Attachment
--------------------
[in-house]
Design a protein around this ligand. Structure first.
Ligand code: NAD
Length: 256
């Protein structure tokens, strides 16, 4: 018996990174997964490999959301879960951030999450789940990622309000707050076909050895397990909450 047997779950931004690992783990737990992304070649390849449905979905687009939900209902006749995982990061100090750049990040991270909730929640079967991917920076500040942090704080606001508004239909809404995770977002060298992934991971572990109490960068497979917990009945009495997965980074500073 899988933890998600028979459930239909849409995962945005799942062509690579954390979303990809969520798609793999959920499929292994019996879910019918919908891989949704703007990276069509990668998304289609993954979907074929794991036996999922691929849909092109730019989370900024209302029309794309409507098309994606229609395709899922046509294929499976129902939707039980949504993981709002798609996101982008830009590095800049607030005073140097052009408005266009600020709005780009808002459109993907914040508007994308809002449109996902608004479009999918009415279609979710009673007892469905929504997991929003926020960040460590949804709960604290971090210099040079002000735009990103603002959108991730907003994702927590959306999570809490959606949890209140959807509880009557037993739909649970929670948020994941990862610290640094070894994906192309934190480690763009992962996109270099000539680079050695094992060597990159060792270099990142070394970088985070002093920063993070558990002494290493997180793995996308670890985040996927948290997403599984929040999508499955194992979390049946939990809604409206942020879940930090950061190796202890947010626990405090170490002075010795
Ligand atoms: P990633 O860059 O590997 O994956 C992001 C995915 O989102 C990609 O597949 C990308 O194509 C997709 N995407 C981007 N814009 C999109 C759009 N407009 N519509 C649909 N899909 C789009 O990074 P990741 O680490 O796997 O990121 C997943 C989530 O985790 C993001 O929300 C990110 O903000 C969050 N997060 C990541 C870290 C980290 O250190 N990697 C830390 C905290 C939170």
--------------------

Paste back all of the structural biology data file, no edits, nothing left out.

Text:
[in-house]
Design a protein around this ligand. Structure first.
Ligand code: NAD
Length: 256
């Protein structure tokens, strides 16, 4: 018996990174997964490999959301879960951030999450789940990622309000707050076909050895397990909450 047997779950931004690992783990737990992304070649390849449905979905687009939900209902006749995982990061100090750049990040991270909730929640079967991917920076500040942090704080606001508004239909809404995770977002060298992934991971572990109490960068497979917990009945009495997965980074500073 899988933890998600028979459930239909849409995962945005799942062509690579954390979303990809969520798609793999959920499929292994019996879910019918919908891989949704703007990276069509990668998304289609993954979907074929794991036996999922691929849909092109730019989370900024209302029309794309409507098309994606229609395709899922046509294929499976129902939707039980949504993981709002798609996101982008830009590095800049607030005073140097052009408005266009600020709005780009808002459109993907914040508007994308809002449109996902608004479009999918009415279609979710009673007892469905929504997991929003926020960040460590949804709960604290971090210099040079002000735009990103603002959108991730907003994702927590959306999570809490959606949890209140959807509880009557037993739909649970929670948020994941990862610290640094070894994906192309934190480690763009992962996109270099000539680079050695094992060597990159060792270099990142070394970088985070002093920063993070558990002494290493997180793995996308670890985040996927948290997403599984929040999508499955194992979390049946939990809604409206942020879940930090950061190796202890947010626990405090170490002075010795
Ligand atoms: P990633 O860059 O590997 O994956 C992001 C995915 O989102 C990609 O597949 C990308 O194509 C997709 N995407 C981007 N814009 C999109 C759009 N407009 N519509 C649909 N899909 C789009 O990074 P990741 O680490 O796997 O990121 C997943 C989530 O985790 C993001 O929300 C990110 O903000 C969050 N997060 C990541 C870290 C980290 O250190 N990697 C830390 C905290 C939170």